By: Christa Meland
“Am I too late to get to know Jesus?”
Every one of our communities has individuals who are asking this question, Bishop Bruce R. Ough said in his episcopal address to members of the 160th session of the Minnesota Annual Conference. Everywhere we have United Methodist churches, there are people hungering for something or someone who will bring meaning and purpose to their lives. Every setting we are in, there are individuals who are calling out to be unleashed from sin and guilt, doubt and despair, addictions, and hang-ups.
The United States has more than 180 million unchurched people, making it the third-largest mission field in the English-speaking world and the fifth largest in the world. Nearly 3 million of these unchurched individuals live in Minnesota.
“Evangelism is showing and telling others of the new life and new hope we have found in our personal relationship with God in Christ,” Ough said. “Evangelism is telling others what a difference being a Christian makes in our lives. Evangelism is telling people that God loves the world, not simply those who show interest in God, but the world. Evangelism is sharing our God story with others.”
Ough said his generation and several others learned to avoid the “E” word and the vibrant, unabashed sharing of one’s faith in Christ—and he acknowledged that it took time for him to realize that “as an evangel of Jesus’ Gospel, my core mission is to … partner with God in transforming unbelievers to fully devoted disciples of Jesus to the glory of God and for the transformation of the world.”
A couple of years ago, a senior pastor at a church in Florida told Bishop Ough about one of the best evangelists in his congregation. She teaches GED classes as part of the congregation’s outreach ministry and always finds a way to work something about Jesus into every class. In one class, there was a young man who seemed particularly curious about what she said about Jesus. At the last class, she invited him to come to the church, and he assured her he would attend the very next Sunday.
But she kept watch for him on Sunday, and he didn’t show up. At the end of the service, she was kneeling and praying for him when suddenly he came running into the church, his shirt soaked in sweat because the bus schedule changes on weekends and he had to run the last two-and-a-half miles to the church. He saw his teacher and blurted out, “Am I too late to get to know Jesus?”
“God is calling us to re-evangelize Minnesota,” to introduce more people to Jesus, said Bishop Ough. Referencing the theme of the 2014 annual conference session, he said the keys to unleashing fearless, Spirit-led churches are hearts that break for the poor, the lost, the forgotten, and the excluded—and a passion for turning the church inside-out to embrace the needs of those outside the church.
Jesus is the first and best among evangelists, says Bishop Ough, who recounted the story from Luke’s gospel about Zacchaeus, the despised head tax collector for Rome and a very rich man. Zacchaeus wanted to see Jesus but was too short to see over the crowd. So he ran ahead and climbed up in a sycamore tree so he could see Jesus, who was about to pass by. When Jesus got to the tree, he looked up and said, “Zacchaeus, hurry down. Today is my day to be a guest in your home.” The crowd grew indignant and began to grumble about Jesus going to be the guest of a sinner. But Zacchaeus was transformed by the experience in his home and confessed: “Master, I give away half my possessions to the poor and if I cheated anyone, I repay them four times the damages.” Jesus celebrated Zacchaeus’ faith story and told the crowd, “The Son of Man came to find and restore the lost.”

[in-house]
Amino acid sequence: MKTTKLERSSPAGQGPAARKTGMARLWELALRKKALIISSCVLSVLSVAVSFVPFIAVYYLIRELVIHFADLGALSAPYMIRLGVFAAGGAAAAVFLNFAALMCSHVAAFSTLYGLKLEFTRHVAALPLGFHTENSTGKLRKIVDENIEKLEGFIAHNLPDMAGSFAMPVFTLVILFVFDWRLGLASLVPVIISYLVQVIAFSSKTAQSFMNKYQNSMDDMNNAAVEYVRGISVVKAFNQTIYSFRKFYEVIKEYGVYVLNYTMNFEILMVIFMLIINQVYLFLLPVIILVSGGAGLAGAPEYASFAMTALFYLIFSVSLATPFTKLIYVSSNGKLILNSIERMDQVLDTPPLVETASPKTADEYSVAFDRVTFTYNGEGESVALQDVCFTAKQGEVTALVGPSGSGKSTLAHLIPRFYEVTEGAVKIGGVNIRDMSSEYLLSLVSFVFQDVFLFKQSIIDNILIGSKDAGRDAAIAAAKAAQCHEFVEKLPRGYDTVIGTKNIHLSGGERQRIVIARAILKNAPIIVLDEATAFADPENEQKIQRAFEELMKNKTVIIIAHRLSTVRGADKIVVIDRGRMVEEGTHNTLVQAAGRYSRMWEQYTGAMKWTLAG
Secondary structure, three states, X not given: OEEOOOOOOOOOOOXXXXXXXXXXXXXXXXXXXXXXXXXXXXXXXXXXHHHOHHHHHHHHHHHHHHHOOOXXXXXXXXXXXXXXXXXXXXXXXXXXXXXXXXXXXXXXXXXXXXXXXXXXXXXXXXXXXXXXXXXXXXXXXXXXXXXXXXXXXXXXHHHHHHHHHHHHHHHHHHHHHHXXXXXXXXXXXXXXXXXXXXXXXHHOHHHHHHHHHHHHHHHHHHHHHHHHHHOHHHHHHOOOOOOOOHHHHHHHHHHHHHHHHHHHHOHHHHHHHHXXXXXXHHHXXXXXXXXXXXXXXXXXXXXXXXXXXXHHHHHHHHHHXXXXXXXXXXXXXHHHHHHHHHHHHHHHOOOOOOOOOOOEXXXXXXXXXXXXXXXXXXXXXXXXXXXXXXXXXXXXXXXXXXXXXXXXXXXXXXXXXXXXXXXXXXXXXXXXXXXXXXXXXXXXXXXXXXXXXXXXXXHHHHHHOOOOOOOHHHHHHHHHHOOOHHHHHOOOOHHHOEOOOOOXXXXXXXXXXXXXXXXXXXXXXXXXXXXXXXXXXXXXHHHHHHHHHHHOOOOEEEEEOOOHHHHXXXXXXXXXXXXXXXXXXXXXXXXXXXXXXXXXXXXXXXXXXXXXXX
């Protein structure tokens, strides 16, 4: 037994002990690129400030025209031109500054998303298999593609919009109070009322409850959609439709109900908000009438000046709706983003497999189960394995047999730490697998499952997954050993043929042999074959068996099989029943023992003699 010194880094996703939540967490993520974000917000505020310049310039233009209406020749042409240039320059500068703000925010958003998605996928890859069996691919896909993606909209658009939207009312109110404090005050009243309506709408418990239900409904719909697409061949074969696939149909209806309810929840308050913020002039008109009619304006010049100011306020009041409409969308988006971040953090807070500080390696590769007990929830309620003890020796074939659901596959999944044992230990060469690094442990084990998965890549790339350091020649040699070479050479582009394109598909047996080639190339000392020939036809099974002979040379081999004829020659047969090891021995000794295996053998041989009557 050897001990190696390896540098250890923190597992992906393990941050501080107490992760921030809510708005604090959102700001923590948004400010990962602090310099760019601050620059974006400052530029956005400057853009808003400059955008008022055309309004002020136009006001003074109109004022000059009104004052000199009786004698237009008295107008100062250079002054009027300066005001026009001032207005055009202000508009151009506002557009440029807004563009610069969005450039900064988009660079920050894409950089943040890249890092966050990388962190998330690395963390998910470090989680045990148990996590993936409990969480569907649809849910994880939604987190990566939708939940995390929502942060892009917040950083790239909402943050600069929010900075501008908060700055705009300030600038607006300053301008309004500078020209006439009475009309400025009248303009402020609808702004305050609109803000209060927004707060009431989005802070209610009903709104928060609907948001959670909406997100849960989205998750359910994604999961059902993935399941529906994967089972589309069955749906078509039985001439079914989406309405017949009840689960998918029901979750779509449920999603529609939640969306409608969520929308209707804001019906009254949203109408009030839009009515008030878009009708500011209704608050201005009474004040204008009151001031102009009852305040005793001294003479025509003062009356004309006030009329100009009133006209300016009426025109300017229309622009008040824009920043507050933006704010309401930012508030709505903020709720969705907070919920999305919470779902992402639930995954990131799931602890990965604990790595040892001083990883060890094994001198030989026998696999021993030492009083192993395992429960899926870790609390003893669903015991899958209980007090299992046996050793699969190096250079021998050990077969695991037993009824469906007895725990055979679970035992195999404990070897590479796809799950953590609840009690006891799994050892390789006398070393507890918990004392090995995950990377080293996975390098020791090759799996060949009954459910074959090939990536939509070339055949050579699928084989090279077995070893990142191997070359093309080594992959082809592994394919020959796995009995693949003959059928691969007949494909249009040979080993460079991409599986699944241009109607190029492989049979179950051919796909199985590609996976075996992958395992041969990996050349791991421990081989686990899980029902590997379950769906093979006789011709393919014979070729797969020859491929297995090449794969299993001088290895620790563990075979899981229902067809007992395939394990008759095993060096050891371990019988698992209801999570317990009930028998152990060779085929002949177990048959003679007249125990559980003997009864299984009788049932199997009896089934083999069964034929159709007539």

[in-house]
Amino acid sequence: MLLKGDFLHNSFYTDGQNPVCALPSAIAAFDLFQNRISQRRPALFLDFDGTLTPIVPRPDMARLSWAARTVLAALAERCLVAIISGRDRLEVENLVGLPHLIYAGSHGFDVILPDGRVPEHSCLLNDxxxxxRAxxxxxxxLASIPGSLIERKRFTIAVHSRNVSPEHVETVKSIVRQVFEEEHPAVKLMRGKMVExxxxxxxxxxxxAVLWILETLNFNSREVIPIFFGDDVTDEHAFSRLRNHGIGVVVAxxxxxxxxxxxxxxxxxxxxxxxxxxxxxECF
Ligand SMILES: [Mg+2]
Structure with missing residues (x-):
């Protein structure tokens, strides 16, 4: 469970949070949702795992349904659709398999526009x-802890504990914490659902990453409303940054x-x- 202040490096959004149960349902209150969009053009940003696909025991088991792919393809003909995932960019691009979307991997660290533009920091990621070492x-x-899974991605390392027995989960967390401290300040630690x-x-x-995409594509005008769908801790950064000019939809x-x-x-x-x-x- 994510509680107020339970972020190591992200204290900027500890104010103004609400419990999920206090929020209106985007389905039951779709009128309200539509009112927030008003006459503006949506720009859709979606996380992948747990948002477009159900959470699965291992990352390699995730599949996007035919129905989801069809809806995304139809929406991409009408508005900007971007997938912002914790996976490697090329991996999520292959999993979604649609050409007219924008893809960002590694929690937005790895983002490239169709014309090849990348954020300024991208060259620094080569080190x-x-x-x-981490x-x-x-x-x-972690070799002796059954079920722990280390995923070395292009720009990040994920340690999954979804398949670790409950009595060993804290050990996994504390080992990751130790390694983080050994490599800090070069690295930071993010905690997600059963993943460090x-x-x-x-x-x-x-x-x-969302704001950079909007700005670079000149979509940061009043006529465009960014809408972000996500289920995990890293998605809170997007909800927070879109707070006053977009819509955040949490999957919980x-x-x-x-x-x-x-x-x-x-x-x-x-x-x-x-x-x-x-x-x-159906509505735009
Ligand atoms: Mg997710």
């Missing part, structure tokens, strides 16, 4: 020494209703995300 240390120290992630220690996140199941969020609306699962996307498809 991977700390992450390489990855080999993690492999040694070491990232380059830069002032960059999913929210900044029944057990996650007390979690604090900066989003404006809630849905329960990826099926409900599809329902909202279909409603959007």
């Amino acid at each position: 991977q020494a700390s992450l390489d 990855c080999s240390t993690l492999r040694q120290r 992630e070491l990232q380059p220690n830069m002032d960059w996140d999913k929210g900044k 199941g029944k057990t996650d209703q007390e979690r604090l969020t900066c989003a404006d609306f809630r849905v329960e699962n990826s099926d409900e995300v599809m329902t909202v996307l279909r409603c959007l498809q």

Bishop Ough told members of annual conference session: “My earnest desire and the focus of my prayers over the past several months is for each of you to leave this annual conference session as motivated, equipped, and confident evangelists ‘in order that you may proclaim the mighty acts of Him who called you out of darkness into his marvelous light’ (1 Peter 2:9b).”
The Minnesota Conference is blessed with many pastors, lay people, and unleashed congregations who are faithful and fruitful and fearless evangels of Jesus’ Gospel. “They are lovely feet bringing good news to the last, the lost, the least, the lonely, the left out,” says Ough. “They are a grand procession of witnesses telling all the good things of God! (Romans 10:15, The Message).”
They also possess some common characteristics, he says. Among them:
• They believe that faith in Jesus is about aprons to serve, not bibs to be fed.
• They believe that evangelism does not start with a despairing concern about institutional decline, but with a burning concern for the need and opportunity to reach those who do not know Christ.
• They know how Jesus makes a difference in their lives and how to share their faith with others.
• They are focused on seeking, inviting, and saving those outside the church and not just keeping house among the folks remaining in the congregation through the work of previous generations of pastors and lay leaders.
• They know that, on Judgment Day, they will not be asked, ‘What did you think?’ but ‘Who did you love?’
• They know that the continuous first step of evangelism is to practice the same radical hospitality Jesus demonstrated when he led Zacchaeus into a saving relationship with the living God.
Most importantly, “they know it is never too late to get to know Jesus!”
Christa Meland is director of communications for the Minnesota Annual Conference of the United Methodist Church.
Episcopal address video:
* Click here to watch a video of the episcopal address.
Minnesota Annual Conference of the United Methodist Church